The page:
Long after the 2am commotion outside PSV Eindhoven’s hotel, fireworks were still going off in Glasgow.
A game full of compelling drama and sharp shifts in momentum lit up Ibrox before the conclusion left Rangers feeling somewhat stiff.
Hope remains. Surely. But next week’s trip to the Netherlands must deliver the spectacular.
PSV Eindhoven will be full of confidence after holding Rangers to a draw at Ibrox Stadium
Ruud van Nistelrooy (left) will feel brighter on the second stage in the Netherlands than his compatriot Giovanni van Bronckhorst
At full-time, two Dutchmen shared a handshake on the touchline before considering their respective returns to their homeland. There can be no doubt that Ruud van Nistelrooy left Ibrox feeling brighter about this prospect than Giovanni van Bronckhorst.
Van Nistelrooy’s side showed no effects of the attempt – apparently by some Rangers ultras – to disrupt their sleep with pyrotechnics.
PSV went in front, lost their way for a spell and fell behind to an epic goalkeeping howl. Still, they summoned the energy required to claim an equalizer and tip the balance of this Champions League play-off in their favour.
And then to Eindhoven. Philips Stadium is no Ibrox, but Van Nistelrooy has been optimistic about the lift this 30,000-capacity venue can give his players. He points to the extra-time win over Monaco in the previous round as a prime example, claiming the passion from the stands was instrumental in pushing PSV over the line in a tie they looked set to lose with 70 minutes on the clock.
It was certainly a huge victory, but even if the head coach and some key players have since changed, their past record should not inspire despair on Rangers’ part.
Van Nistelrooy’s side showed no effects of late-night fireworks outside their Glasgow hotel
Last season, PSV lost at home to Monaco, drew with Real Sociedad and defeated Sturm Graz as they missed out on Europa League progression. A drop in the Conference League saw victory over Maccabi Tel Aviv and a draw against Copenhagen before Leicester City won in the Netherlands.
The counter-argument, of course, comes from Rangers’ own results away from Edmiston Drive. Away nights in Europe have been mixed. If the incredible 4-2 thrashing of Borussia Dortmund at their home ground was the undisputed highlight under Van Bronckhorst, the 2-0 loss to Union Saint-Gilloise earlier this month was easily the nadir. A lackluster performance, lacking virtually every necessary ingredient, was only rectified by a comeback of historic proportions in the second leg last week.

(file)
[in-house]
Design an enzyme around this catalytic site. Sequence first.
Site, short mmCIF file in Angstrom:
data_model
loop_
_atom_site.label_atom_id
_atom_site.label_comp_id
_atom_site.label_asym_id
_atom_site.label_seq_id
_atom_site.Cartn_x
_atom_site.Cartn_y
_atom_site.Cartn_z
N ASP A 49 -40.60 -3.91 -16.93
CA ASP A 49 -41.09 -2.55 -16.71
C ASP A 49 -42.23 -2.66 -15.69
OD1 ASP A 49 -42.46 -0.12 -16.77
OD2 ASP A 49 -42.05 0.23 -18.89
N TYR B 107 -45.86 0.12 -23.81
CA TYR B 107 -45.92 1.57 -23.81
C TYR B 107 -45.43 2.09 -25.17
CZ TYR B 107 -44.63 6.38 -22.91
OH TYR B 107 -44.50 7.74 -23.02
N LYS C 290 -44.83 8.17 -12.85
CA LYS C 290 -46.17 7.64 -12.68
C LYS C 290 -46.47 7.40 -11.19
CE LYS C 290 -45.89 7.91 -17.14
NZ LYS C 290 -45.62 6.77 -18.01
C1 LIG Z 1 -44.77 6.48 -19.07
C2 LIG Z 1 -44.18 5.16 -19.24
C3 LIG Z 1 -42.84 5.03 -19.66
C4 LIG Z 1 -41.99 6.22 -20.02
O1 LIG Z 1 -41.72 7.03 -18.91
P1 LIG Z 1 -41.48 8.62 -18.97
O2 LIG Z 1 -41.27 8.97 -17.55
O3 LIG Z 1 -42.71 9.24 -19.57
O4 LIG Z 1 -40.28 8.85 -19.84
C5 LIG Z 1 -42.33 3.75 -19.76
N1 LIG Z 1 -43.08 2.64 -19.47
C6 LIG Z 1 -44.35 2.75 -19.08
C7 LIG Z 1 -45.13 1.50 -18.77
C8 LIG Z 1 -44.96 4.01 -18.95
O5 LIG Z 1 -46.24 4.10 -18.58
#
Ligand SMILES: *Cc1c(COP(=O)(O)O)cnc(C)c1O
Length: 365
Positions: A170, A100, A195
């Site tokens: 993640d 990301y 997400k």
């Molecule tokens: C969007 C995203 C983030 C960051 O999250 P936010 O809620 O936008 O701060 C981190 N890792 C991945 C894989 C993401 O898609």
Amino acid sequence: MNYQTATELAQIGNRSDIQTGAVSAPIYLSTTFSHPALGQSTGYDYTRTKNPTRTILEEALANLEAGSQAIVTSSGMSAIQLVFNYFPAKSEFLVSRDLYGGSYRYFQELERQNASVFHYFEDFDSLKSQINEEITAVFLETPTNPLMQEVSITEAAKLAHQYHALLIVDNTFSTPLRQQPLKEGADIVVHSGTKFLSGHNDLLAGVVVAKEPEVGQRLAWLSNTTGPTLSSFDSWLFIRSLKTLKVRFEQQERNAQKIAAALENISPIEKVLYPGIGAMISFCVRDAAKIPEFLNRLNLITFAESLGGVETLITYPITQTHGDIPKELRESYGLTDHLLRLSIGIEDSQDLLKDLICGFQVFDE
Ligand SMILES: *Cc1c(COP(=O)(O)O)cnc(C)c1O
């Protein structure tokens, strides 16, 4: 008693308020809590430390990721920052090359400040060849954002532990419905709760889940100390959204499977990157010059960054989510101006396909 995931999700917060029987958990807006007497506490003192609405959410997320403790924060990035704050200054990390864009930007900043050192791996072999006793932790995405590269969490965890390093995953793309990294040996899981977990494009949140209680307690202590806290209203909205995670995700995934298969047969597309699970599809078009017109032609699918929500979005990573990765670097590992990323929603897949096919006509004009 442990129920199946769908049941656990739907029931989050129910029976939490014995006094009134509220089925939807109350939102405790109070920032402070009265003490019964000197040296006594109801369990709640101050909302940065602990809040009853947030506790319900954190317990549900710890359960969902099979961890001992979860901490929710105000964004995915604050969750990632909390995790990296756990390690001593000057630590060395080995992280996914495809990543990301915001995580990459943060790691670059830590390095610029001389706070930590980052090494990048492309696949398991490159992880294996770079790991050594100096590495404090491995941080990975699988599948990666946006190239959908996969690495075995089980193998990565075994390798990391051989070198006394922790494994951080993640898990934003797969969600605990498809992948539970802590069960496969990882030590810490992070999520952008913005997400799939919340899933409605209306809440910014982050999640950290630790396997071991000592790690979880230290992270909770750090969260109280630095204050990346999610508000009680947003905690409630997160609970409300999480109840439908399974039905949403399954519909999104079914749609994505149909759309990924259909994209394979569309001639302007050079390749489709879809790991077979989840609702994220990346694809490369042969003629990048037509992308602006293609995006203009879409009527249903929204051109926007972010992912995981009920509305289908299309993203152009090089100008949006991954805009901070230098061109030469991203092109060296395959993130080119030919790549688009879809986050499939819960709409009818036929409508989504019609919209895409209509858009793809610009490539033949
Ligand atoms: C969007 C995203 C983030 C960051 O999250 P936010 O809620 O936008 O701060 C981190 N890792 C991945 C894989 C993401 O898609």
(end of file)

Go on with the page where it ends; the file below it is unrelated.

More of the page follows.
A draw at Lyon joins one-goal defeats at Braga, Belgrade and Leipzig to complete the list. Belgrade was the only second leg among the latter trio. And Rangers took a 3-0 advantage to Serbia.
They will cross the North Sea with parity. And you have to say it was a fair result on the balance of play. Two extremely well-matched teams saw the success of their tactical plans ebb and flow during Tuesday’s 90 minutes.
Van Bronckhorst’s big call had been the inclusion of Steven Davis. The 37-year-old midfielder was here when Rangers last played in the Champions League itself. And here when PSV visited the Europa League later in the 2010/11 season.
He hadn’t started a European game since Van Bronckhorst’s bow against Sparta Prague last November, but here he was – alongside John Lundstram in a game of acute importance.
There was further fascination in one of his direct opponents. Rangers had been interested in signing Joey Veerman before his £5million move from Heerenveen to PSV last season. It was the one who got away versus the one who still has it.
Veerman was first into the game, roaming the pitch in search of areas where damage could be inflicted on the Rangers defence.
They were soon located. After Luuk de Jong had missed an early chance for the visitors, Jon McLaughlin had to scramble off his line to smother an enticing through ball from Veerman.
A brilliant pass swept wide right for Ismael Saibari to put Rangers on the back foot again. The winger should have done better with the opportunity it presented.
Van Bronckhorst’s side will need fireworks on the pitch if they are to beat PSV in the Netherlands
By the time of Ibrahim Sangare’s opener, the first of two cheap concessions on a night of financial high stakes, Davis had begun to radiate influence. His fine-tuned footballing brain was crucial for the Ibrox side to shift the balance of the game back in their favour. To lie flat at half-time was the least they deserved.
Midway through the opening half, the Northern Ireland captain found his range with a lovely first-time knock in for Malik Tillman to tap home. Then Tavernier was sent running away with another perfect piece of placement.
It was just the warm-up acts. Many exquisite elements set up Colak’s 40th-minute equalizer – James Tavernier’s low cross, the Croat’s pristine finish – but none sparkled as much as the instant pass Davis angled into the captain’s path. Measured in millimetres, it was like applying a scalpel to PSV’s back four. Completely clinical.
Davis almost recovered from a foul early in the second period, taking an extra touch in his own half as De Jong and Veerman both pressed hard.
When Davis then returned the ball with a limp pass, it was a sign of both his fatigue and the general slump Van Bronckhorst’s men had suffered. PSV started to turn the screw. They cut off routes for both Ryan Kent and Tavernier and stifled the hosts’ width.
The blunder by Walter Benitez that gave Rangers an advantage was the signal for Davis to make way for Glen Kamara. However, healthy legs weren’t enough to see it through. Now more fireworks must be called in Eindhoven.